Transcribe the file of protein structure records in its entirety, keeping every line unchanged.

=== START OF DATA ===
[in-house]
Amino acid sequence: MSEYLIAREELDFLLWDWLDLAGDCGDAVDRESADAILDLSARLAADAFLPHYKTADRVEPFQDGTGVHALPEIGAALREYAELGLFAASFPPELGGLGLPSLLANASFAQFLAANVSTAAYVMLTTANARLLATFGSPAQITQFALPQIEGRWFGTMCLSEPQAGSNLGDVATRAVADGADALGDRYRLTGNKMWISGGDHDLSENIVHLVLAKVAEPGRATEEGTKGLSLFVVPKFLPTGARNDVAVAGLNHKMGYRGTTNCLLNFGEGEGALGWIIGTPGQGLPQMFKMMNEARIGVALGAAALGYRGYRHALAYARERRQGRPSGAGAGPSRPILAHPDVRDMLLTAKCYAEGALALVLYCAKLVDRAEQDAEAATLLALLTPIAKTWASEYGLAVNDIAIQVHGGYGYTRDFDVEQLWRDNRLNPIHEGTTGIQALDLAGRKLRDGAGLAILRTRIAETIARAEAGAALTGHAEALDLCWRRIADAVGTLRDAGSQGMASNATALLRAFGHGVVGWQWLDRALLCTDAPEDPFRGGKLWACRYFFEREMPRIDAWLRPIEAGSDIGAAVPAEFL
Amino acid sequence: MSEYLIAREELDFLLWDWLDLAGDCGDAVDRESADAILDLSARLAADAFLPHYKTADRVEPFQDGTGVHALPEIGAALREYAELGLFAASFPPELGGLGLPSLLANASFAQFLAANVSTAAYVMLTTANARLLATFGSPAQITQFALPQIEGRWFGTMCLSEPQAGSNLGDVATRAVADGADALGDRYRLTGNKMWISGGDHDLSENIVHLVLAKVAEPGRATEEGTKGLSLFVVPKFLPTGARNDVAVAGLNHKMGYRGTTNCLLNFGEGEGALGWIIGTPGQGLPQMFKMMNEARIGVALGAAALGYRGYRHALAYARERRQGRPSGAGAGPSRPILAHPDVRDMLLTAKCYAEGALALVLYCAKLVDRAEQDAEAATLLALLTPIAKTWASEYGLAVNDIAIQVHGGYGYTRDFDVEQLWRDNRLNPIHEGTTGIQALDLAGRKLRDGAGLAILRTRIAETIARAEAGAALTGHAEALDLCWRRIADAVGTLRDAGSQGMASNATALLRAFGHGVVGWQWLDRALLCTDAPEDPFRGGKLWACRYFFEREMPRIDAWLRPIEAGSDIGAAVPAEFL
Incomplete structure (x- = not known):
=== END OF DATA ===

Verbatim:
[in-house]
Amino acid sequence: MSEYLIAREELDFLLWDWLDLAGDCGDAVDRESADAILDLSARLAADAFLPHYKTADRVEPFQDGTGVHALPEIGAALREYAELGLFAASFPPELGGLGLPSLLANASFAQFLAANVSTAAYVMLTTANARLLATFGSPAQITQFALPQIEGRWFGTMCLSEPQAGSNLGDVATRAVADGADALGDRYRLTGNKMWISGGDHDLSENIVHLVLAKVAEPGRATEEGTKGLSLFVVPKFLPTGARNDVAVAGLNHKMGYRGTTNCLLNFGEGEGALGWIIGTPGQGLPQMFKMMNEARIGVALGAAALGYRGYRHALAYARERRQGRPSGAGAGPSRPILAHPDVRDMLLTAKCYAEGALALVLYCAKLVDRAEQDAEAATLLALLTPIAKTWASEYGLAVNDIAIQVHGGYGYTRDFDVEQLWRDNRLNPIHEGTTGIQALDLAGRKLRDGAGLAILRTRIAETIARAEAGAALTGHAEALDLCWRRIADAVGTLRDAGSQGMASNATALLRAFGHGVVGWQWLDRALLCTDAPEDPFRGGKLWACRYFFEREMPRIDAWLRPIEAGSDIGAAVPAEFL
Amino acid sequence: MSEYLIAREELDFLLWDWLDLAGDCGDAVDRESADAILDLSARLAADAFLPHYKTADRVEPFQDGTGVHALPEIGAALREYAELGLFAASFPPELGGLGLPSLLANASFAQFLAANVSTAAYVMLTTANARLLATFGSPAQITQFALPQIEGRWFGTMCLSEPQAGSNLGDVATRAVADGADALGDRYRLTGNKMWISGGDHDLSENIVHLVLAKVAEPGRATEEGTKGLSLFVVPKFLPTGARNDVAVAGLNHKMGYRGTTNCLLNFGEGEGALGWIIGTPGQGLPQMFKMMNEARIGVALGAAALGYRGYRHALAYARERRQGRPSGAGAGPSRPILAHPDVRDMLLTAKCYAEGALALVLYCAKLVDRAEQDAEAATLLALLTPIAKTWASEYGLAVNDIAIQVHGGYGYTRDFDVEQLWRDNRLNPIHEGTTGIQALDLAGRKLRDGAGLAILRTRIAETIARAEAGAALTGHAEALDLCWRRIADAVGTLRDAGSQGMASNATALLRAFGHGVVGWQWLDRALLCTDAPEDPFRGGKLWACRYFFEREMPRIDAWLRPIEAGSDIGAAVPAEFL
Incomplete structure (x- = not known):